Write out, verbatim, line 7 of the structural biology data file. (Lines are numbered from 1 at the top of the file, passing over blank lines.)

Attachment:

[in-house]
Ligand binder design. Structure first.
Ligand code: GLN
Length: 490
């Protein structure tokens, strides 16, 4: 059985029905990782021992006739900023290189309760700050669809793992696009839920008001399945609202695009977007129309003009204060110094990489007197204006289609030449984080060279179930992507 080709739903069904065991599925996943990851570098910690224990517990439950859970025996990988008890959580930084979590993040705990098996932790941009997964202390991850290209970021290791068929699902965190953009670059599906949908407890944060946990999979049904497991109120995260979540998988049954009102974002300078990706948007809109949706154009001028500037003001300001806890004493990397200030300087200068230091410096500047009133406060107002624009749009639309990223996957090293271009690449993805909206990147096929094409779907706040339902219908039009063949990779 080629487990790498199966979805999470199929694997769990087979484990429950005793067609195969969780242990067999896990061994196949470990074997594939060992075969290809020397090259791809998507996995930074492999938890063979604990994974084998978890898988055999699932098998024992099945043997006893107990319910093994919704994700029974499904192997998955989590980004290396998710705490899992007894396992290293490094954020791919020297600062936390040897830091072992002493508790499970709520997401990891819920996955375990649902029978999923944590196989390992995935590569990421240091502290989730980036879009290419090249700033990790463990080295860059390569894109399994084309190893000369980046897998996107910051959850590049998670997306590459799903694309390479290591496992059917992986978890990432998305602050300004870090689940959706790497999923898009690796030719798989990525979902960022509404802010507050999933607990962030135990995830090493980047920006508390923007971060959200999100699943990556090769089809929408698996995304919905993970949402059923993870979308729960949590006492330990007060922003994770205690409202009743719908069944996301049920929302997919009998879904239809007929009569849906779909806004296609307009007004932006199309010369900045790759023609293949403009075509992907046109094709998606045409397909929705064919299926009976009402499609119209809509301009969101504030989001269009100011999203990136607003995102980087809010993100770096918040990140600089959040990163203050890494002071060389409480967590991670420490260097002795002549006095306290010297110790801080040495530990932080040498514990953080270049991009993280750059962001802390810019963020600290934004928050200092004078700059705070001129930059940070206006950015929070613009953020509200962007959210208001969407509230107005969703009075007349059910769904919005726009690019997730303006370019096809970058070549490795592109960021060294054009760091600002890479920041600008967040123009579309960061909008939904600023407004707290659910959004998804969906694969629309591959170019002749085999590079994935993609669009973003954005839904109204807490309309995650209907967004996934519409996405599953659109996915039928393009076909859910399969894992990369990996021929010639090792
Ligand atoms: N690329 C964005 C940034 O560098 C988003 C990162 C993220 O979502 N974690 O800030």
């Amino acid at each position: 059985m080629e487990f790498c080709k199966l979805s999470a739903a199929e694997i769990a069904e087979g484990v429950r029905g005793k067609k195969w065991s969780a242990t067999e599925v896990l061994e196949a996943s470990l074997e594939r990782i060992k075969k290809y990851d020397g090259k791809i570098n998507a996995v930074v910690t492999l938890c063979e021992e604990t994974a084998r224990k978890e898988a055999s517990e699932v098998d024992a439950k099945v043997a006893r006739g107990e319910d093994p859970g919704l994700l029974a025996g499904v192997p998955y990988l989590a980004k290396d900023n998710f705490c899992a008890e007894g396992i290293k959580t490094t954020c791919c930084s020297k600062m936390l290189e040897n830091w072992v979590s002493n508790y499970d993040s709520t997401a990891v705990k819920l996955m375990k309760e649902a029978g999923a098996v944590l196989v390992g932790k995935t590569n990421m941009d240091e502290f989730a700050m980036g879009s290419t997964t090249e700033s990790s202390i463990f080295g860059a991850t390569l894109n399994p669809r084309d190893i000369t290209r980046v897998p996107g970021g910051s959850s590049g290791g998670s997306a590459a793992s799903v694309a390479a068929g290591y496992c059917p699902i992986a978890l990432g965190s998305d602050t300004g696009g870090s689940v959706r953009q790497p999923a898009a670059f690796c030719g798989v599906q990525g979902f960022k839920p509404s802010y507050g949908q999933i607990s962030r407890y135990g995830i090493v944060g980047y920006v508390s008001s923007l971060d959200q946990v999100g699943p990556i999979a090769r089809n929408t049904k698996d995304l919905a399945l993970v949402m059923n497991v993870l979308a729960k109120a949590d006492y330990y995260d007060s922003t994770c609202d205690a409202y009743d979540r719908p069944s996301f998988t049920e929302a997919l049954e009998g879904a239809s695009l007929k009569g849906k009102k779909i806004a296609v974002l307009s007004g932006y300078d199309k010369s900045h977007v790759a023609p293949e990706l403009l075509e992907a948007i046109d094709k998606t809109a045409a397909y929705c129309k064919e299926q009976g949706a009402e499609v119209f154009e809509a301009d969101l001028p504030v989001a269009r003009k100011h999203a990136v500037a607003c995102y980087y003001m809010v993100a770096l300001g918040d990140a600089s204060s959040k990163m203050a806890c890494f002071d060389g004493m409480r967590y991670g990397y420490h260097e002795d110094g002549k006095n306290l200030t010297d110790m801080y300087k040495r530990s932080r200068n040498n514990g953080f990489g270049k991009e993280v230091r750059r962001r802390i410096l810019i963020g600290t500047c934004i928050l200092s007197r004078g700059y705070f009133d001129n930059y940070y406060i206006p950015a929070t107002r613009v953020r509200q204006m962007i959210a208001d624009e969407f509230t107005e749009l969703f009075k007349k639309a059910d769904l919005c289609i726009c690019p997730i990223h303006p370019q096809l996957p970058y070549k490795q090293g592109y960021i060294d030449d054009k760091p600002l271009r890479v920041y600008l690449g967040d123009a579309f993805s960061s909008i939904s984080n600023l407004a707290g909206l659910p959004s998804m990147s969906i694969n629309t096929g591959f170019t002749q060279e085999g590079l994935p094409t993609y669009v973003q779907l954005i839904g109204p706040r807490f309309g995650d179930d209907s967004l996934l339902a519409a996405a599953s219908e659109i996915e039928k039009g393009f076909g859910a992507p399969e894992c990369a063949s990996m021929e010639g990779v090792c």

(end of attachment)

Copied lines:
């Amino acid at each position: 059985m080629e487990f790498c080709k199966l979805s999470a739903a199929e694997i769990a069904e087979g484990v429950r029905g005793k067609k195969w065991s969780a242990t067999e599925v896990l061994e196949a996943s470990l074997e594939r990782i060992k075969k290809y990851d020397g090259k791809i570098n998507a996995v930074v910690t492999l938890c063979e021992e604990t994974a084998r224990k978890e898988a055999s517990e699932v098998d024992a439950k099945v043997a006893r006739g107990e319910d093994p859970g919704l994700l029974a025996g499904v192997p998955y990988l989590a980004k290396d900023n998710f705490c899992a008890e007894g396992i290293k959580t490094t954020c791919c930084s020297k600062m936390l290189e040897n830091w072992v979590s002493n508790y499970d993040s709520t997401a990891v705990k819920l996955m375990k309760e649902a029978g999923a098996v944590l196989v390992g932790k995935t590569n990421m941009d240091e502290f989730a700050m980036g879009s290419t997964t090249e700033s990790s202390i463990f080295g860059a991850t390569l894109n399994p669809r084309d190893i000369t290209r980046v897998p996107g970021g910051s959850s590049g290791g998670s997306a590459a793992s799903v694309a390479a068929g290591y496992c059917p699902i992986a978890l990432g965190s998305d602050t300004g696009g870090s689940v959706r953009q790497p999923a898009a670059f690796c030719g798989v599906q990525g979902f960022k839920p509404s802010y507050g949908q999933i607990s962030r407890y135990g995830i090493v944060g980047y920006v508390s008001s923007l971060d959200q946990v999100g699943p990556i999979a090769r089809n929408t049904k698996d995304l919905a399945l993970v949402m059923n497991v993870l979308a729960k109120a949590d006492y330990y995260d007060s922003t994770c609202d205690a409202y009743d979540r719908p069944s996301f998988t049920e929302a997919l049954e009998g879904a239809s695009l007929k009569g849906k009102k779909i806004a296609v974002l307009s007004g932006y300078d199309k010369s900045h977007v790759a023609p293949e990706l403009l075509e992907a948007i046109d094709k998606t809109a045409a397909y929705c129309k064919e299926q009976g949706a009402e499609v119209f154009e809509a301009d969101l001028p504030v989001a269009r003009k100011h999203a990136v500037a607003c995102y980087y003001m809010v993100a770096l300001g918040d990140a600089s204060s959040k990163m203050a806890c890494f002071d060389g004493m409480r967590y991670g990397y420490h260097e002795d110094g002549k006095n306290l200030t010297d110790m801080y300087k040495r530990s932080r200068n040498n514990g953080f990489g270049k991009e993280v230091r750059r962001r802390i410096l810019i963020g600290t500047c934004i928050l200092s007197r004078g700059y705070f009133d001129n930059y940070y406060i206006p950015a929070t107002r613009v953020r509200q204006m962007i959210a208001d624009e969407f509230t107005e749009l969703f009075k007349k639309a059910d769904l919005c289609i726009c690019p997730i990223h303006p370019q096809l996957p970058y070549k490795q090293g592109y960021i060294d030449d054009k760091p600002l271009r890479v920041y600008l690449g967040d123009a579309f993805s960061s909008i939904s984080n600023l407004a707290g909206l659910p959004s998804m990147s969906i694969n629309t096929g591959f170019t002749q060279e085999g590079l994935p094409t993609y669009v973003q779907l954005i839904g109204p706040r807490f309309g995650d179930d209907s967004l996934l339902a519409a996405a599953s219908e659109i996915e039928k039009g393009f076909g859910a992507p399969e894992c990369a063949s990996m021929e010639g990779v090792c």